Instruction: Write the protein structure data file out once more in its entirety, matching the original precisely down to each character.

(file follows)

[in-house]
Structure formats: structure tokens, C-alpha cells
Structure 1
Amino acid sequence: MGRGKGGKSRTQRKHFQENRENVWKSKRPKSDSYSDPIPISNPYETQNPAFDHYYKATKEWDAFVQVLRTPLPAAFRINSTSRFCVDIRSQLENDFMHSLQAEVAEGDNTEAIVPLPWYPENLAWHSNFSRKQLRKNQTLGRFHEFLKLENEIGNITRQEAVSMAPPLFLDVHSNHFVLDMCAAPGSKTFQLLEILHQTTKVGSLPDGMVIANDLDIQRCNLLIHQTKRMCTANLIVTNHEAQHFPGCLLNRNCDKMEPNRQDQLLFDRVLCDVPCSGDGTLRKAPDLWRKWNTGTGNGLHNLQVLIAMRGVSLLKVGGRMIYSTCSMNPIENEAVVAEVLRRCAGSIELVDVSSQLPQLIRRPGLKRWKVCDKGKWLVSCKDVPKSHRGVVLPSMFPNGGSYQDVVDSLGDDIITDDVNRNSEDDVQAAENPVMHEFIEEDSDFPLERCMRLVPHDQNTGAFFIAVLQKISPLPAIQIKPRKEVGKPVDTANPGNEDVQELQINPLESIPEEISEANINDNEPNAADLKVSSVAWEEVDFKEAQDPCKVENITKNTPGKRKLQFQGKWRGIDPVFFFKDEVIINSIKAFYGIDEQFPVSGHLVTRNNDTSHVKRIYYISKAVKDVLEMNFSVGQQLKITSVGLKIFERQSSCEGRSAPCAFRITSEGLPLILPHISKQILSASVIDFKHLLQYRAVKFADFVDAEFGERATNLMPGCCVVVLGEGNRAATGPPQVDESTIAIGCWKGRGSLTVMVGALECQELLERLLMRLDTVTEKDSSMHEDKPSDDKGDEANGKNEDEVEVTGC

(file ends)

[in-house]
Structure formats: structure tokens, C-alpha cells
Structure 1
Amino acid sequence: MGRGKGGKSRTQRKHFQENRENVWKSKRPKSDSYSDPIPISNPYETQNPAFDHYYKATKEWDAFVQVLRTPLPAAFRINSTSRFCVDIRSQLENDFMHSLQAEVAEGDNTEAIVPLPWYPENLAWHSNFSRKQLRKNQTLGRFHEFLKLENEIGNITRQEAVSMAPPLFLDVHSNHFVLDMCAAPGSKTFQLLEILHQTTKVGSLPDGMVIANDLDIQRCNLLIHQTKRMCTANLIVTNHEAQHFPGCLLNRNCDKMEPNRQDQLLFDRVLCDVPCSGDGTLRKAPDLWRKWNTGTGNGLHNLQVLIAMRGVSLLKVGGRMIYSTCSMNPIENEAVVAEVLRRCAGSIELVDVSSQLPQLIRRPGLKRWKVCDKGKWLVSCKDVPKSHRGVVLPSMFPNGGSYQDVVDSLGDDIITDDVNRNSEDDVQAAENPVMHEFIEEDSDFPLERCMRLVPHDQNTGAFFIAVLQKISPLPAIQIKPRKEVGKPVDTANPGNEDVQELQINPLESIPEEISEANINDNEPNAADLKVSSVAWEEVDFKEAQDPCKVENITKNTPGKRKLQFQGKWRGIDPVFFFKDEVIINSIKAFYGIDEQFPVSGHLVTRNNDTSHVKRIYYISKAVKDVLEMNFSVGQQLKITSVGLKIFERQSSCEGRSAPCAFRITSEGLPLILPHISKQILSASVIDFKHLLQYRAVKFADFVDAEFGERATNLMPGCCVVVLGEGNRAATGPPQVDESTIAIGCWKGRGSLTVMVGALECQELLERLLMRLDTVTEKDSSMHEDKPSDDKGDEANGKNEDEVEVTGC